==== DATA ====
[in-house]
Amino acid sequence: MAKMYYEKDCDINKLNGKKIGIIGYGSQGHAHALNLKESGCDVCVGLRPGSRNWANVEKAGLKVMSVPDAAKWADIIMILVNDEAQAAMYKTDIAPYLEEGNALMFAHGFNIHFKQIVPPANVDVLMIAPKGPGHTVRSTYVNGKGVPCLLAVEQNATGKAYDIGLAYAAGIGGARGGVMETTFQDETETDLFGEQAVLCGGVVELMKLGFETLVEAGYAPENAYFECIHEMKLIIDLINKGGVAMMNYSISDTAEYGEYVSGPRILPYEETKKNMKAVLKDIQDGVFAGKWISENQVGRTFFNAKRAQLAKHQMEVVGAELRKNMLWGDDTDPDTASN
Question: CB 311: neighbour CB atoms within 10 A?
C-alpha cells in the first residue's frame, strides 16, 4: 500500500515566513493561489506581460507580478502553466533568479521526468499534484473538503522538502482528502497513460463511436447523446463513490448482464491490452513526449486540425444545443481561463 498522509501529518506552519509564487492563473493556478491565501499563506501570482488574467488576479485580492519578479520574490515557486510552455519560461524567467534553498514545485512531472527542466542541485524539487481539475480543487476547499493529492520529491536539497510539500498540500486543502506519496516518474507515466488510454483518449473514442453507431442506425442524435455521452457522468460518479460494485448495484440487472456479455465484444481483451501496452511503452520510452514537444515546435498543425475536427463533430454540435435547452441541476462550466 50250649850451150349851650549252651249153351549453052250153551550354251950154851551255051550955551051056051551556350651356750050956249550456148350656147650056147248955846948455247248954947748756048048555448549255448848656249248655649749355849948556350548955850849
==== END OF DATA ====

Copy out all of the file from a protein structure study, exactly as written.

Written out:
[in-house]
Amino acid sequence: MAKMYYEKDCDINKLNGKKIGIIGYGSQGHAHALNLKESGCDVCVGLRPGSRNWANVEKAGLKVMSVPDAAKWADIIMILVNDEAQAAMYKTDIAPYLEEGNALMFAHGFNIHFKQIVPPANVDVLMIAPKGPGHTVRSTYVNGKGVPCLLAVEQNATGKAYDIGLAYAAGIGGARGGVMETTFQDETETDLFGEQAVLCGGVVELMKLGFETLVEAGYAPENAYFECIHEMKLIIDLINKGGVAMMNYSISDTAEYGEYVSGPRILPYEETKKNMKAVLKDIQDGVFAGKWISENQVGRTFFNAKRAQLAKHQMEVVGAELRKNMLWGDDTDPDTASN
Question: CB 311: neighbour CB atoms within 10 A?
C-alpha cells in the first residue's frame, strides 16, 4: 500500500515566513493561489506581460507580478502553466533568479521526468499534484473538503522538502482528502497513460463511436447523446463513490448482464491490452513526449486540425444545443481561463 498522509501529518506552519509564487492563473493556478491565501499563506501570482488574467488576479485580492519578479520574490515557486510552455519560461524567467534553498514545485512531472527542466542541485524539487481539475480543487476547499493529492520529491536539497510539500498540500486543502506519496516518474507515466488510454483518449473514442453507431442506425442524435455521452457522468460518479460494485448495484440487472456479455465484444481483451501496452511503452520510452514537444515546435498543425475536427463533430454540435435547452441541476462550466 50250649850451150349851650549252651249153351549453052250153551550354251950154851551255051550955551051056051551556350651356750050956249550456148350656147650056147248955846948455247248954947748756048048555448549255448848656249248655649749355849948556350548955850849